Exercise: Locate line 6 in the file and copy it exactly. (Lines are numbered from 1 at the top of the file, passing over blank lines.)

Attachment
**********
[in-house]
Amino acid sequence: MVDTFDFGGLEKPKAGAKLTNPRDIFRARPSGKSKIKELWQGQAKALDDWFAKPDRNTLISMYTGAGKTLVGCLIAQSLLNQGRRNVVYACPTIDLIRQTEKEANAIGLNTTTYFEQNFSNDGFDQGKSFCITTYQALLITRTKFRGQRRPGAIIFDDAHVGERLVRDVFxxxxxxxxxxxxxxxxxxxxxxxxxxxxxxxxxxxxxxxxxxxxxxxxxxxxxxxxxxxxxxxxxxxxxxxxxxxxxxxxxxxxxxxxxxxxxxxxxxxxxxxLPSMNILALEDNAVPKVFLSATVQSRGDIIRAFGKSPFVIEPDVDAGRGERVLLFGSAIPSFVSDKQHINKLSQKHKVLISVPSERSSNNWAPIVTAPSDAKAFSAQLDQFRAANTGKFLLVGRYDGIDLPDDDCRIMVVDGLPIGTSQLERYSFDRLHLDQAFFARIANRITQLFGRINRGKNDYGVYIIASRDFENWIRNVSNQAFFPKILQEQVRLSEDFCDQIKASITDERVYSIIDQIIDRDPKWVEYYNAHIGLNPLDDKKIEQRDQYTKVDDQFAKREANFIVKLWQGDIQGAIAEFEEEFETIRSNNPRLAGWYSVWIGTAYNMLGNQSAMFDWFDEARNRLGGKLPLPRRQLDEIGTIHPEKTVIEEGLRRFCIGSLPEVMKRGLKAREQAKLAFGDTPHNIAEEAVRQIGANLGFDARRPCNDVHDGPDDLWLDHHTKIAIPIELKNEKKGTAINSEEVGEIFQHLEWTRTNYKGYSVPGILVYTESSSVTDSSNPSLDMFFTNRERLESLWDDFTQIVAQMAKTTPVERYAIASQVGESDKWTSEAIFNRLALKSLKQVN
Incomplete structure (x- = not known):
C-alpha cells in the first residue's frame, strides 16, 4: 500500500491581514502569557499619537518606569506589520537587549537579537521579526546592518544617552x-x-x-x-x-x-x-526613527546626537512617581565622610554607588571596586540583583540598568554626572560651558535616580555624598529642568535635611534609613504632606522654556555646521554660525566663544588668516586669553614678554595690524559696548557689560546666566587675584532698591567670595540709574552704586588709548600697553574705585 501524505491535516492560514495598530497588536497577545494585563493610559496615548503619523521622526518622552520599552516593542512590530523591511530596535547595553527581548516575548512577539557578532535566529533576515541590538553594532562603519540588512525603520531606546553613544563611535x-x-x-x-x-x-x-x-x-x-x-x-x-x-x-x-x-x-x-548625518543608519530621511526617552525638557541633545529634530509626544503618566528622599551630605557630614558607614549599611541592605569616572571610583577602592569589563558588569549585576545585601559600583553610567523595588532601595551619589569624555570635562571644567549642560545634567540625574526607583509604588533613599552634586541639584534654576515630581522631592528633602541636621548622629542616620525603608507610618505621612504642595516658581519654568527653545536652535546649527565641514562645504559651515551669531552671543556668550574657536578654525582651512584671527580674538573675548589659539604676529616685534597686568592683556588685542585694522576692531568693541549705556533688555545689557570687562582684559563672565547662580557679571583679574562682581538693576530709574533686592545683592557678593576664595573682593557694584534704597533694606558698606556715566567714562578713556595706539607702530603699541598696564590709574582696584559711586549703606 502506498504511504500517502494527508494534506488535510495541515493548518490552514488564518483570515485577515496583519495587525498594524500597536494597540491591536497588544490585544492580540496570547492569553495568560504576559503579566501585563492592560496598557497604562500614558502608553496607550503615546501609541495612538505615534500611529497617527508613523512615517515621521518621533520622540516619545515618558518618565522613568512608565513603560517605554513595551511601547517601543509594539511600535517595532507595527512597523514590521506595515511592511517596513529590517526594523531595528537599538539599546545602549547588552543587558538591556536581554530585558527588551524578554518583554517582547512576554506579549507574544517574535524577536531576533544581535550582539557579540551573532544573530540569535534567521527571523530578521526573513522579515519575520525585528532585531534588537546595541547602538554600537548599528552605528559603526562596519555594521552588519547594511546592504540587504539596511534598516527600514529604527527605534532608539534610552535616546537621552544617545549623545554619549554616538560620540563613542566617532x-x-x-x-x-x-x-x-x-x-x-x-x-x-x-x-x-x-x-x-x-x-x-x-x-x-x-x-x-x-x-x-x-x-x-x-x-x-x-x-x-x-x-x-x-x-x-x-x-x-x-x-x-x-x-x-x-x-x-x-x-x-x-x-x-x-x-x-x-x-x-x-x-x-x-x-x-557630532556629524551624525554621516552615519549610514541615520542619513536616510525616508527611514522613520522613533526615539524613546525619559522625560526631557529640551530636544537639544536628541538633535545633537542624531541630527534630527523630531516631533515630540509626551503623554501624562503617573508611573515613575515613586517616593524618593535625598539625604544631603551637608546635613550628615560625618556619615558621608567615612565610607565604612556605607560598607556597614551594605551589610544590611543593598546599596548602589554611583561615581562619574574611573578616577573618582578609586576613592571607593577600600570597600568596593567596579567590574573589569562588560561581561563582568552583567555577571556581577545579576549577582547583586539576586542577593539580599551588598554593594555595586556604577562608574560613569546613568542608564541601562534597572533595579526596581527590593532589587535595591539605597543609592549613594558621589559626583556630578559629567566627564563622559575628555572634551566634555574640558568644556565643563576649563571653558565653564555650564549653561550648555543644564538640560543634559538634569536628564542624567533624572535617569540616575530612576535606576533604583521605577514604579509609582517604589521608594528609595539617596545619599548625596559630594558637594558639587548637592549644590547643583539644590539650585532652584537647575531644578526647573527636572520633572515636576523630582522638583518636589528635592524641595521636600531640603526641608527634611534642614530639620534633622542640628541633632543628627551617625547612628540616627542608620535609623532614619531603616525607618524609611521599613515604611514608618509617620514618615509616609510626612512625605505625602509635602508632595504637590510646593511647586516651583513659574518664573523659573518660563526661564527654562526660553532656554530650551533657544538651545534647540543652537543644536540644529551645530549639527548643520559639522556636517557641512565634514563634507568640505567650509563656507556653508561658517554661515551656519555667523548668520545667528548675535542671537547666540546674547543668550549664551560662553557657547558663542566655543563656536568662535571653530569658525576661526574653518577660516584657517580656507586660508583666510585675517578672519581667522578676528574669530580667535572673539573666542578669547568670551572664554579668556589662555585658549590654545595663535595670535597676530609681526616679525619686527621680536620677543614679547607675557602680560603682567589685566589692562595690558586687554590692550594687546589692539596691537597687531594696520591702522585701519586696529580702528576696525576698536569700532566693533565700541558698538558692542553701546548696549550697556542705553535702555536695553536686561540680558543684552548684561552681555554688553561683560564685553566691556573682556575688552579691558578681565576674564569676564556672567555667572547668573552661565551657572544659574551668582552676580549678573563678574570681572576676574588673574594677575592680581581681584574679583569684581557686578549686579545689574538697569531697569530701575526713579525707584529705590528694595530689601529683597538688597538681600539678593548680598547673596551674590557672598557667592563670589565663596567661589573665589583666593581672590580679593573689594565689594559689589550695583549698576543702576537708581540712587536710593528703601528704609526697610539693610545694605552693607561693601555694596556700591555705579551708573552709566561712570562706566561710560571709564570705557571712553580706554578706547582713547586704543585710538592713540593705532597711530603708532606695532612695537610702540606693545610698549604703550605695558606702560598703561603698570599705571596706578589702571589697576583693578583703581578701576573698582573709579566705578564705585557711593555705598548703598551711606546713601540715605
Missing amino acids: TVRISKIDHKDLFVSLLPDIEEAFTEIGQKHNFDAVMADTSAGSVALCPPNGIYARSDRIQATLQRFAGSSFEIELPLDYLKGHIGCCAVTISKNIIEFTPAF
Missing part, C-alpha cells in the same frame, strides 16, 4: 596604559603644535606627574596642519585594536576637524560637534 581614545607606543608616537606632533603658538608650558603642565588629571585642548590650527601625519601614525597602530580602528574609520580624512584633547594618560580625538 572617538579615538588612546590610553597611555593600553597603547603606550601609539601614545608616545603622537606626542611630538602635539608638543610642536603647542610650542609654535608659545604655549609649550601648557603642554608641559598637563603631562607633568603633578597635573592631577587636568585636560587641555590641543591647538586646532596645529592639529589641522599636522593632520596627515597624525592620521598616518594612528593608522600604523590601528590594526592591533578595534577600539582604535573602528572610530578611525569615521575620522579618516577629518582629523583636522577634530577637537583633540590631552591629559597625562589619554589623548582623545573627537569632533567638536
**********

Missing part, C-alpha cells in the same frame, strides 16, 4: 596604559603644535606627574596642519585594536576637524560637534 581614545607606543608616537606632533603658538608650558603642565588629571585642548590650527601625519601614525597602530580602528574609520580624512584633547594618560580625538 572617538579615538588612546590610553597611555593600553597603547603606550601609539601614545608616545603622537606626542611630538602635539608638543610642536603647542610650542609654535608659545604655549609649550601648557603642554608641559598637563603631562607633568603633578597635573592631577587636568585636560587641555590641543591647538586646532596645529592639529589641522599636522593632520596627515597624525592620521598616518594612528593608522600604523590601528590594526592591533578595534577600539582604535573602528572610530578611525569615521575620522579618516577629518582629523583636522577634530577637537583633540590631552591629559597625562589619554589623548582623545573627537569632533567638536